Tradition satisfied, I lift the chicken out of its apple cider vinegar bath, and pat it dry with paper towels. "I'm not really sure where it comes from," she said. "It's just ... I guess it's just the tips and tricks from everyone's best roast chicken recipe, handed down from one generation to the next."

Once the chicken is well-dried, I carefully massage olive oil, salt, and pepper into the skin. This is one of those tricks my mother was talking about: the massaging is supposed to help the seasoning enter into the skin and flesh, and make the skin crisp. Does it work? I don't know. Scientifically, I mean. But I like doing it; massaging the flesh is wonderfully tactile, and the chicken always comes out of the oven crisp-skinned and well-seasoned. So I do it. But the salt goes onto the chicken, not over my shoulder.

One thing I do know: The use of apple cider vinegar is very Italian. We consider vinegar to be extremely healthful, even curative; my doctor in Italy actually prescribed it for my skin one year. And it seems to add a special, subtle flavor to the meat. You can forgo the vegetables, but I don't because they turn the chicken into a one-pot dinner and keep it from swimming in the drippings while it roasts.

Serves 2 to 4

1 (3 1/4- to 3 1/2-pound) chicken, preferably organic

1 cup apple cider vinegar

Salt and freshly ground pepper

1 clove garlic, unpeeled, smashed with the side of a large knife

1/2 lemon

2 sprigs fresh rosemary

2 tablespoons extra-virgin olive oil

4 medium carrots

4 inner stalks celery

1 onion, peeled and quartered

Kitchen Stuff: Medium-sized roasting pan, kitchen shears

Remove the innards, if any; throw them away or save them for stock. Place the chicken in a bowl large enough to hold it comfortably, with room to spare. Add the vinegar and enough cold water to cover the chicken completely. Let the chicken soak for about 30 minutes. Remove the chicken from the bowl, rinse it under cold running water, and pat it completely dry, inside and out, with paper towels.

Arrange the oven rack in the bottom third of the oven and preheat the oven to 400 Fahrenheit.

In a roasting pan or baking dish just large enough to hold it, set the chicken, neck end down, so that you are holding its legs in the air. Sprinkle the cavity with about 3/4 teaspoon salt and 1/4 teaspoon pepper. Add the garlic, the lemon half, and a 4-inch sprig of rosemary. Tie the legs of the chicken together: Cut a piece of string about 12 inches long. Wrap one end around one "ankle," leaving 2 to 3 inches of the string free, and the other end around the other "ankle." Pull the ends of the string to pull together the "ankles," then tie the ends together and knot. Lay the bird in the pan on its breast. Working all over the back (including the backs of the legs and the wings), rub the chicken with about 1 1/2 teaspoons salt until the salt begins to dissolve into the skin. This will take a few minutes; it's fun. Then drizzle on 1 tablespoon of the oil, and rub that all over. Be sure not to miss any nooks and crannies. Rub with about 1/4 teaspoon pepper.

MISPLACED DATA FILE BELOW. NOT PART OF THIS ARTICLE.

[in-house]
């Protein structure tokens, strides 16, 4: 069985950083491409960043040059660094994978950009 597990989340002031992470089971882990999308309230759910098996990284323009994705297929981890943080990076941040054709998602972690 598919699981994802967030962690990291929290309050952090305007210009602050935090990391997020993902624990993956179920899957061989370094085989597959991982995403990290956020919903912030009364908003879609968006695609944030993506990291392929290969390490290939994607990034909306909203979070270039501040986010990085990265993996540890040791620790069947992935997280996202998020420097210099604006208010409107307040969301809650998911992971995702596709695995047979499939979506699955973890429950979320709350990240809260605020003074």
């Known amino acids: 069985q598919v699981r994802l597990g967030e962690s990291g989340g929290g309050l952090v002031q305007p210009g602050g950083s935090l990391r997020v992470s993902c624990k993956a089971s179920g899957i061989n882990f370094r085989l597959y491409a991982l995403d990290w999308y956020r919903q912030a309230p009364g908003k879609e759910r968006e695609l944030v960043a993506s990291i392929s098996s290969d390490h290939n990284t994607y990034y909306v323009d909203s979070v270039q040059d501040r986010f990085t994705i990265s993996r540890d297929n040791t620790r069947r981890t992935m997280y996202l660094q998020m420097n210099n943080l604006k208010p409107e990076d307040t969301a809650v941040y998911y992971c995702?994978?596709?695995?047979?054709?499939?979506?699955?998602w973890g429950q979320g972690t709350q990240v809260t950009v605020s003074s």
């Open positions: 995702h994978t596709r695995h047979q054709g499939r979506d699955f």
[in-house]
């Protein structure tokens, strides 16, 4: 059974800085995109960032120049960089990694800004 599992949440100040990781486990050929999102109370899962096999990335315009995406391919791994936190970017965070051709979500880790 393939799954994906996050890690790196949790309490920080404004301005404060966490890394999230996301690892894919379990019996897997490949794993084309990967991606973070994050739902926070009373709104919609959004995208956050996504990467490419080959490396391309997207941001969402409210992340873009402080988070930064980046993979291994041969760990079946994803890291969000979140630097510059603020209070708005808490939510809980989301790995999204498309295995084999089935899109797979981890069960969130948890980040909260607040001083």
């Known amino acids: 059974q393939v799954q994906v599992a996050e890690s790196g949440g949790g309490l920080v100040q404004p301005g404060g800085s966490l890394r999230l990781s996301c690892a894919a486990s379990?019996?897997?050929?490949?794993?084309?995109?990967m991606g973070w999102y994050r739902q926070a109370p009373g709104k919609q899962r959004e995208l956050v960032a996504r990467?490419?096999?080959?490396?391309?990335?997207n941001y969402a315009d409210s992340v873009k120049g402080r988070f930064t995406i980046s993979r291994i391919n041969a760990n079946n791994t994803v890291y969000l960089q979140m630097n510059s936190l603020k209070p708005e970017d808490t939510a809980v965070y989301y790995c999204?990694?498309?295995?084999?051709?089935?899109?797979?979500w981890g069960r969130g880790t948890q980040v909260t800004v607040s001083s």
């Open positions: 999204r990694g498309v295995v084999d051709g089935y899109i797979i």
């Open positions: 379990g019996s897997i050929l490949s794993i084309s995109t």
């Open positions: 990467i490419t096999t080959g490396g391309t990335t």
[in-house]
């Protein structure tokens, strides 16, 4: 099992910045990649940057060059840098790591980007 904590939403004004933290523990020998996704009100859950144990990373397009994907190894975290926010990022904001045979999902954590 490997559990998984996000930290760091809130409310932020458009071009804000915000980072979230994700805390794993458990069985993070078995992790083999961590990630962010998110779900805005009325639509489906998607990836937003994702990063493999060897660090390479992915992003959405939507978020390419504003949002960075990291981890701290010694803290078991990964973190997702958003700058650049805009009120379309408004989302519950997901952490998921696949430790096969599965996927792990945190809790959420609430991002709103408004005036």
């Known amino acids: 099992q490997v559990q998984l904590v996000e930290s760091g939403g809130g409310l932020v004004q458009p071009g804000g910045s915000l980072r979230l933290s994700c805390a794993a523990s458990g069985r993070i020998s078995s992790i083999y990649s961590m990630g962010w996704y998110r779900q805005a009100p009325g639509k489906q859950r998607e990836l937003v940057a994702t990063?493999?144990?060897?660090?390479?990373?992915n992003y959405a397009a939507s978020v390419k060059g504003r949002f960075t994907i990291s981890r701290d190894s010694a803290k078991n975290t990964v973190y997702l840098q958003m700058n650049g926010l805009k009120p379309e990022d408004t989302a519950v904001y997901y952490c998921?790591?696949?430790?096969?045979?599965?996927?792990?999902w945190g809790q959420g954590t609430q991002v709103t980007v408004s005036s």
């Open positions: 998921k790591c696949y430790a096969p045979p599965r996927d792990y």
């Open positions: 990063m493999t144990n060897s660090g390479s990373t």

Now turn the bird breast side up, and repeat the entire operation with another 1 1/2 teaspoons salt, the remaining 1 tablespoon olive oil, and 1/4 teaspoon pepper. Peel the carrots and the bumpy side of the celery ribs with a vegetable peeler. Remove the chicken from the pan and line up carrots and celery sticks (I alternate, but it doesn't matter) in the bottom of the pan. Set an onion quarter in each corner and set the chicken, breast side up, on top of the vegetables. Now tear up a 6-inch sprig of rosemary into 1-inch pieces and scatter them over the top of the chicken.

Put the pan in the oven and roast until the skin of the chicken is nicely browned and the juices run clear when you insert a small knife into the thigh, 1 hour to 1 hour 20 minutes. Remove the pan from the oven, cover the chicken with aluminum foil, and let it rest 15 to 20 minutes.

Uncover the chicken and cut it into 8 pieces with kitchen scissors. Cut the vegetables into pieces with a knife. Arrange the chicken in the center of a casserole or serving bowl and spoon the vegetables around it.

From Delicious Memories: Recipes and Stories from the Chef Boyardee Family by Anna Boiardi. Copyright 2011 Anna Boiardi. Reprinted by permission of Stewart, Tabori & Chang.

Copyright 2018 NPR. To see more, visit


From NPR News, this is ALL THINGS CONSIDERED. I'm Robert Siegel.


Betty Crocker, Aunt Jemima, Uncle Ben, they're really fictional characters meant to entice you to buy their products, and you might be tempted to add Chef Boyardee to that list.


HECTOR BOIARDI: (as Chef Boyardee) Hello. May I come in? I am Chef Boyardee. Perhaps you have seen my picture on Chef Boyardee products at your grocers. Today, I want to tell you about a wonderful dinner for three, a dinner that only costs about 15 cents a serving.

NORRIS: Anna, welcome to the show.

ANNA BOIARDI: Thank you so much for having me.